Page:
Monday, May 30, 2011

Daily Oak - Guest Tree report for February, March and April

In February I decided that I would try to find guest trees on days that I was not at home and could therefore not go and take my daily picture of 'my' oak tree in my daily art project.

Since then I have mentioned the number of pictures of guest trees taken in the Daily Oak statistics, and by now I think it is time that you got to see some of them.

With guest trees I do not take care to find out which kind they are. The pictures are taken because the shape or location of the tree make an impression on me, or because the lighting in the leaves, or my position under them, or because of their beautiful flowers.

February 22 -
Out of four trees in the Fulda Franciscan
monastery, three carried last year's nests...
what a song that must have been!

March 6, art tree by Örni Poschmann

March 7 - guest skyline

March 8 - guest shadows
April 19 - a tree as a power line?
April 23 - lonely in a swamp

April 26 - diverging

April  25 - guest tree statue

I also found the real sign for this project, which in a way is about a live oak...

Friday, May 27, 2011

Inspirational pictures

From my trip to the US I came back with a few more inspirational pictures.

Cape Hatteras Lighthouse

Beach impressions

Growth on the beach

Brick composition

Butterfly house, Museum of Life and Sciences, Durham

Encounter at the Zoo


Material mix

Storm rolling in...

Thursday, May 19, 2011

On ruining a quilt top...

A couple of weeks ago I was stitching my entry for Ste. Marie aux Mines. Hand stitching is rather contemplative, and since this top has been very thoroughly thought through and does not need much brain-attention on its way to being finished, I can let my mind wander. I got onto the train of thinking about the title of the challenge, namely „Enchevêtrement“ (in French), translated as „Tangle“ into English and as „Geflecht“ into German. (I see quite a problem in the translations because a tangle (which constitutes a mess and is certainly something you do not want to have) and a Geflecht (which is sort of orderly and a situation that may be hard to retreat from, e.g. in a family situation, but it does not include the semantics of ‚messy’ to such a degree as tangle does – but that’s a different story and I don’t really want to go into linguistic specifics here...)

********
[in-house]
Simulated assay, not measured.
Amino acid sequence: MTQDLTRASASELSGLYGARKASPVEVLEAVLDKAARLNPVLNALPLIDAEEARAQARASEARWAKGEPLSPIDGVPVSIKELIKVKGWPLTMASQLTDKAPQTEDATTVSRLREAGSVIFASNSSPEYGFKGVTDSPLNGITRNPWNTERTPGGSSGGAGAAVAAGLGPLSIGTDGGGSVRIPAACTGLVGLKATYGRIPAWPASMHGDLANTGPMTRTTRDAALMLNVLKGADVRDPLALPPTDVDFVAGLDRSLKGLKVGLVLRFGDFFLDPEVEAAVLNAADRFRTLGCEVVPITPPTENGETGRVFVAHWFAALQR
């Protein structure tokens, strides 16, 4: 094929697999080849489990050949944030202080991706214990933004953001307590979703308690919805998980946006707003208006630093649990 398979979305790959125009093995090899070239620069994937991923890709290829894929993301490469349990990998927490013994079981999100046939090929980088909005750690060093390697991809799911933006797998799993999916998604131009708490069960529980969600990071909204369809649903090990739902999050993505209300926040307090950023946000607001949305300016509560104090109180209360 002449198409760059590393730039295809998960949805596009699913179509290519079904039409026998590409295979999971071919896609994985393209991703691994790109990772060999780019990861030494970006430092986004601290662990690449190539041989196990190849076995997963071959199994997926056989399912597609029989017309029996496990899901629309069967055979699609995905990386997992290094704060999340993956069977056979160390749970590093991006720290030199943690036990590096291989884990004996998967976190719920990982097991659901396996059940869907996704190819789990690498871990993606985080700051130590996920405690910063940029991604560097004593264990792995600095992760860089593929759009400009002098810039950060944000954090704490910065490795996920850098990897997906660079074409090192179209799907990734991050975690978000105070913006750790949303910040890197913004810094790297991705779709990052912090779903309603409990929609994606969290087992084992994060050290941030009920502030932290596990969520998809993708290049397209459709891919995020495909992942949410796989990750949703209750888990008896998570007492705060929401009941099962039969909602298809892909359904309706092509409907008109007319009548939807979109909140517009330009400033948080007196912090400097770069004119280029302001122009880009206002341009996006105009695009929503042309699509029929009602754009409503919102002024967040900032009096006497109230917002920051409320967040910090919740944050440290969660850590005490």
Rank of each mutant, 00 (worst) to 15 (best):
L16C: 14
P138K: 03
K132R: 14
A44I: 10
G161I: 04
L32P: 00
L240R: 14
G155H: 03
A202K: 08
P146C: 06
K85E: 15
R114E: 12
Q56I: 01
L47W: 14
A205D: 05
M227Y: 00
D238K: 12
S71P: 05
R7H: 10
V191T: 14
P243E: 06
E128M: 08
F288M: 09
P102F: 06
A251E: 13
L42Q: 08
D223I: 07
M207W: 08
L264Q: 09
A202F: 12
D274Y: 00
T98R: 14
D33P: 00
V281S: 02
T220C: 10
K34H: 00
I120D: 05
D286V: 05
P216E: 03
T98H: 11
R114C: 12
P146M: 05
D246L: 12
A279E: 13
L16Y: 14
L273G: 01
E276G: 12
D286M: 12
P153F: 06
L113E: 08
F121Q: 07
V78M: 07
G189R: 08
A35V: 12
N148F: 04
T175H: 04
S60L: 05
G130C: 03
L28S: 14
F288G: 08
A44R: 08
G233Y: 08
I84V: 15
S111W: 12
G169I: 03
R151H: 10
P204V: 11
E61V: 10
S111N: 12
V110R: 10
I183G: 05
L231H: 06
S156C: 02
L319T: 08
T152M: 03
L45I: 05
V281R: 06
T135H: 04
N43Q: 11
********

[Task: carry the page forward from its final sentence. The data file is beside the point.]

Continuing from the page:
So, while thinking about the title I vividly felt that I needed something to sew on the machine to give my finger tip a break from pushing the needle (I’m working without a thimble because it kept breaking the thread.) I also realized that I might actually have a second quilt that I could enter in that challenge, if I could finish both of them on time.

Just after Christmas I had started a new piece which I had also meant to become a part of my series „Play of Lines“, again using a drawing by my son as inspiration.

"Mom, you can use this to make a quilt!"
Using the drawing was slightly different this time, however, as it was the first time that my son had actually given me the drawing with the words, „here mom, you can turn this into a quilt now“. So whereas all his other drawings that I had kept were just his drawings I preserved and could either use or not use as inspiration. As much as I liked the drawing, this one came with a bit of obligation.

As it turns out, it went fine in the beginning, and within a few days I had progressed far enough that I considered the whole piece almost finished. I liked it, but it needed something else which I could not come up with at that point. So I put it away a little bit to let it ‚sink in’ and then perhaps add one or two little things before it would be all done.

That was the top that came to mind while I was hand-stitching. 
The next morning I set to work – and for one reason or another ruined the whole thing. You may understand that I was pretty upset about that. I had auditioned the lines which I inserted before I cut the top by pinning them on top. But when I saw them sewn in, they did not feel right, and at once I started thinking ‚and how are you going to quilt that anyway?’
It had very nice sections, such as this one

And this one.

The individual sections I really liked, but it didn’t work as a whole.

Frustrated, I folded it up and was going to add it to the UFO-pile. I called my friend, told her about it, got myself some empathy and consolation. A couple of days later she had invited us for lunch and just for completeness’ sake I took the failure along to show her.